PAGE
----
Speaker Profile

M.D., Professor and Vice-chair, Department of Radiation Oncology, University Hospitals and Case Western Reserve University School of Medicine

Dr. Harris has a long standing research interest in personalizing cancer therapy to improve outcomes and quality of life with fewer side effects from treatment. She is currently collaborating on an innovative, paradigm-changing approach to personalizing radiotherapy dose using a novel gene assay of radiosensitivity in solid tumors called RSI-GARD. Dr. Harris is active in clinical research as a senior member of the Breast and Gynecologic research committees of the NRG cooperative group, and of the scientific program committee for the American Society for Clinical Oncology, and as an independent investigator and mentor for junior faculty and students. She has an interest in promoting quality standards of cancer care, through her work as chair of the Emerging Technology Committee and member of the Guidelines Committee for the American Society for Radiation Oncology, as well as the chair of the American Radium Society Appropriate Use Criteria Panel for breast cancer.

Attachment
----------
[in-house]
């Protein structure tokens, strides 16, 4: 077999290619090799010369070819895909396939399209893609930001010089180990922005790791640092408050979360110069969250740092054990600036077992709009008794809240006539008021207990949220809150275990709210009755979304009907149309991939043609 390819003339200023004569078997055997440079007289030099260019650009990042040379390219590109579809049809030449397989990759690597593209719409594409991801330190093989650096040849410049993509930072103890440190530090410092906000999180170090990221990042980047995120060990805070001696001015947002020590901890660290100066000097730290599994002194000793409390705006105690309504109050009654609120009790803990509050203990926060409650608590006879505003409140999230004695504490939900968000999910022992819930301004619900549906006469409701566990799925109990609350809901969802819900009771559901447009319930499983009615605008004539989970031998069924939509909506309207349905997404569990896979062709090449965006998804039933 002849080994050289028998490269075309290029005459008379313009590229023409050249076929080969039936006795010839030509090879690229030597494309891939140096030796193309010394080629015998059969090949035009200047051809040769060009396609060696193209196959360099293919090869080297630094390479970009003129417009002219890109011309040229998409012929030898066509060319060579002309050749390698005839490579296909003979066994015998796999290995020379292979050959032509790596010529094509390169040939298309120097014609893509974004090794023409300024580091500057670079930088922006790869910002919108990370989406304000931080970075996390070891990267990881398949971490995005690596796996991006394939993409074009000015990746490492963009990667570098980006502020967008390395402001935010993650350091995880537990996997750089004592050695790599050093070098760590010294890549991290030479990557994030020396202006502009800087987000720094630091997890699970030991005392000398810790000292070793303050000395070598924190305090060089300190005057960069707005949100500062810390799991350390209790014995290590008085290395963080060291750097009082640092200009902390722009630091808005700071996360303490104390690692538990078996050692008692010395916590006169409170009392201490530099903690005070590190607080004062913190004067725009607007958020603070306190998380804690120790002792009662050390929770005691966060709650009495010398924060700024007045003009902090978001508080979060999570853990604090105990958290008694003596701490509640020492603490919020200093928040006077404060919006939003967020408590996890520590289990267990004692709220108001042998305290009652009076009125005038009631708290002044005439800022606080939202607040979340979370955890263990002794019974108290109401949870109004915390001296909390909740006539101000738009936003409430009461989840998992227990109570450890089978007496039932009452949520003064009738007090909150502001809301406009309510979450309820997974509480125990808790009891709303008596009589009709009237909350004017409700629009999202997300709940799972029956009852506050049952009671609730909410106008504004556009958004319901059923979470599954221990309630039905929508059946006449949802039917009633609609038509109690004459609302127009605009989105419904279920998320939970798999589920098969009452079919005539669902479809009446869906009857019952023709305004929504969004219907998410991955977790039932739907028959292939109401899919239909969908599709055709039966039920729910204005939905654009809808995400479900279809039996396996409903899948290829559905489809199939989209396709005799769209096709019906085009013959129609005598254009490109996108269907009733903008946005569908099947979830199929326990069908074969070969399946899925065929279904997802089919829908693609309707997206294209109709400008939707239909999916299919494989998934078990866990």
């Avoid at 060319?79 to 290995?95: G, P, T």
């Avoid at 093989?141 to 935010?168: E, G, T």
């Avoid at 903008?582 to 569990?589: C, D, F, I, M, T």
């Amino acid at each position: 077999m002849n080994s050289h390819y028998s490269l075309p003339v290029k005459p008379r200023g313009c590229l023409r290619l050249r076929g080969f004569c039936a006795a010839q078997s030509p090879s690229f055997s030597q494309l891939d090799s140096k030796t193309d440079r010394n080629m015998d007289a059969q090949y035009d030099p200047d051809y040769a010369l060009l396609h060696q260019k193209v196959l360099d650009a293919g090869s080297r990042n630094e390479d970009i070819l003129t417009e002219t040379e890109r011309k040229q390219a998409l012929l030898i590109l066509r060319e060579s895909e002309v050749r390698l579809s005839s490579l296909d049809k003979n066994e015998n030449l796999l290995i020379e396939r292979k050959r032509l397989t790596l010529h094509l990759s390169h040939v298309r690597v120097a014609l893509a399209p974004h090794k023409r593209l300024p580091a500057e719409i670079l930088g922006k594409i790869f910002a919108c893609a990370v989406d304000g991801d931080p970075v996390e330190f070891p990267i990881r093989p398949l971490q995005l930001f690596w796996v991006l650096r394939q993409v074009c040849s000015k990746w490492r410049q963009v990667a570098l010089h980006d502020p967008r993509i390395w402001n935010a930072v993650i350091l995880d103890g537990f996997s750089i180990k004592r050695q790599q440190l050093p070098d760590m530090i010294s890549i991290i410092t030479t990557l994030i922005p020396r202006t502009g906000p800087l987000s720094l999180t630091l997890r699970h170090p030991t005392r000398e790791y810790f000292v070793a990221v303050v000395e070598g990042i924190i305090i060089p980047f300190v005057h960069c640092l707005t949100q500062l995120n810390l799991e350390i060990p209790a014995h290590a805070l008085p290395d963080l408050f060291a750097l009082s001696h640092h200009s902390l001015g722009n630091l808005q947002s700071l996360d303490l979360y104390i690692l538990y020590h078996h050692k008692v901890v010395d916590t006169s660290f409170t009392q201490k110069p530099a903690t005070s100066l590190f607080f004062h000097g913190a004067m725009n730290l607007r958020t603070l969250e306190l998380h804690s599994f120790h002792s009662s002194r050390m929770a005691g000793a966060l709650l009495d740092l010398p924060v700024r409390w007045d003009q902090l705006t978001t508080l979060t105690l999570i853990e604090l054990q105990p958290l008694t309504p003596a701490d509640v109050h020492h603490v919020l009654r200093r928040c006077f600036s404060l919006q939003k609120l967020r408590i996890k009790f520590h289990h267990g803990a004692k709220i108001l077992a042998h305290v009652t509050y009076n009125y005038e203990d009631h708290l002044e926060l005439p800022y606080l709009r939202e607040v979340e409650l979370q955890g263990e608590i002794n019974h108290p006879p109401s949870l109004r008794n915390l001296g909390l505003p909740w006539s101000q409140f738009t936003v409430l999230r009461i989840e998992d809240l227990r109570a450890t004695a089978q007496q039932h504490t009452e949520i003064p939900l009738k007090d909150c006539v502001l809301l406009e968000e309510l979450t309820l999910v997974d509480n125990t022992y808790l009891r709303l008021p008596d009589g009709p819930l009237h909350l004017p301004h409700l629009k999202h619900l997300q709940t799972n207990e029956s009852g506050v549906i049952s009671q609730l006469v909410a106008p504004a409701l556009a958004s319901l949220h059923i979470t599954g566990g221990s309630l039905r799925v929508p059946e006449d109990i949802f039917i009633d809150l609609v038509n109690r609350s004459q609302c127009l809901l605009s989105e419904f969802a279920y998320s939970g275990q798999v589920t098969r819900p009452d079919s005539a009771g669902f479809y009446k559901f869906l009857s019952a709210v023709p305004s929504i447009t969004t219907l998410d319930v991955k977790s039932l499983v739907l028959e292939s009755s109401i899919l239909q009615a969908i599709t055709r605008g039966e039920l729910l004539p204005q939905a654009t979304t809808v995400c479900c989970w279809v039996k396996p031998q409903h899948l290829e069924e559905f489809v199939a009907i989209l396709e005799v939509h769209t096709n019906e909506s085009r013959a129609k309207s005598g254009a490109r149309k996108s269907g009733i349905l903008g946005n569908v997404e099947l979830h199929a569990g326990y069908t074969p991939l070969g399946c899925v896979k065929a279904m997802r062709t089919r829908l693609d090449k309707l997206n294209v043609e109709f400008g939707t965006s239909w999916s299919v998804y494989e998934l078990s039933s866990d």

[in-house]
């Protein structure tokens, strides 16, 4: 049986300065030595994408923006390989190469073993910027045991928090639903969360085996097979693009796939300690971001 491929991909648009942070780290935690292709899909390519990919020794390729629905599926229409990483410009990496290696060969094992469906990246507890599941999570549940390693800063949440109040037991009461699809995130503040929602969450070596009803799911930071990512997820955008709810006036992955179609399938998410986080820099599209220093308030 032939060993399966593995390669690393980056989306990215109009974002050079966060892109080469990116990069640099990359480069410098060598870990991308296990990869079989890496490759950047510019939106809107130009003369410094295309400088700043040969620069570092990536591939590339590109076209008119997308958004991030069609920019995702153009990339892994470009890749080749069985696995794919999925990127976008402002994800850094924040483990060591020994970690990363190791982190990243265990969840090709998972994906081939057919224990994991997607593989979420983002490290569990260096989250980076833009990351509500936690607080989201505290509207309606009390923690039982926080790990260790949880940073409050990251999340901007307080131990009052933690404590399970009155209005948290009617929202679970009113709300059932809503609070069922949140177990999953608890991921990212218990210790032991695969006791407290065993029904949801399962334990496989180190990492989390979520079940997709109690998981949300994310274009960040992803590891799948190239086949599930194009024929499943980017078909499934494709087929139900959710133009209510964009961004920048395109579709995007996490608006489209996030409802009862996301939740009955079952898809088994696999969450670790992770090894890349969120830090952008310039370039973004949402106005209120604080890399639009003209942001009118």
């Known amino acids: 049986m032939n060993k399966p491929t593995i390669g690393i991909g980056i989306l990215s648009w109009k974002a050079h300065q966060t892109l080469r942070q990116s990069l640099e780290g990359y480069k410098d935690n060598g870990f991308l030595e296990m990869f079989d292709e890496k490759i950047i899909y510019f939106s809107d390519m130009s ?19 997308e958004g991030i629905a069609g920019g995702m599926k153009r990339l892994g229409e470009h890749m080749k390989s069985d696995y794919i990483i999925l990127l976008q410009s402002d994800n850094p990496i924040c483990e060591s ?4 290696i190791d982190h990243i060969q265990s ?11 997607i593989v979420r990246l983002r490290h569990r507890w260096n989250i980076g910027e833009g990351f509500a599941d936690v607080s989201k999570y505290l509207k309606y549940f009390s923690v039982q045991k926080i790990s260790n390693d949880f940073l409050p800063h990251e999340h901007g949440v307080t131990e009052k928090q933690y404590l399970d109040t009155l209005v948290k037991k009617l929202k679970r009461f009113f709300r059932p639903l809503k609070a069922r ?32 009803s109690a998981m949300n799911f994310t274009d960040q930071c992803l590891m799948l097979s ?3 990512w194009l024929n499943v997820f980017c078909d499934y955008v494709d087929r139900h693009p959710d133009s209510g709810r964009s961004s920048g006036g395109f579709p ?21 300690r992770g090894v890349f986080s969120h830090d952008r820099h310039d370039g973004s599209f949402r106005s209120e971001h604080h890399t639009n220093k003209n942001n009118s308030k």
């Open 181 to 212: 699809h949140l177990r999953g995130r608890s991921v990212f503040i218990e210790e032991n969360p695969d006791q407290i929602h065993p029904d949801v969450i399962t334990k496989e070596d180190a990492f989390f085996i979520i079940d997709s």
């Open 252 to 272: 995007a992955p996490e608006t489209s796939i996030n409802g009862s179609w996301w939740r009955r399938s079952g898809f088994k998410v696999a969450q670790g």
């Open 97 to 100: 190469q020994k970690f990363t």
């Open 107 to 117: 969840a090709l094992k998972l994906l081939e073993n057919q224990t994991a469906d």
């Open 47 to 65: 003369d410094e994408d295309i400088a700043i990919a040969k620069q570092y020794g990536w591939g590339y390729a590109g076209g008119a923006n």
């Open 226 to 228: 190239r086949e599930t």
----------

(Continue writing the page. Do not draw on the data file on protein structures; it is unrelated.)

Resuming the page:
Precision Medicine for Breast Cancer: Personalizing Radiotherapy
For decades breast radiotherapy dosed “one size fits all” regimens, leading to over and under-treatment. A precision medicine approach assays each woman’s breast cancer to determine its radiosensitivity to apply the precise dose of radiation needed to provide tumor control, and to select those who will not benefit from therapy.

 Session Abstract – PMWC 2020 Silicon Valley

Track 3, January 23

Advances in molecular pathology and hereditary cancer assays have led to a new understanding of breast cancer classification systems, allowing for precision thera-py using molecular tumor signatures that guide both systemic treatments and per-sonalized radiotherapy. The goal is to minimize overtreatment and treatment-associated morbidity for patients while preventing progression and recurrence. This session will focus on the current state of progress in these pursuits and discuss the challenges including prior authorization issues and the growing size of assay pan-els.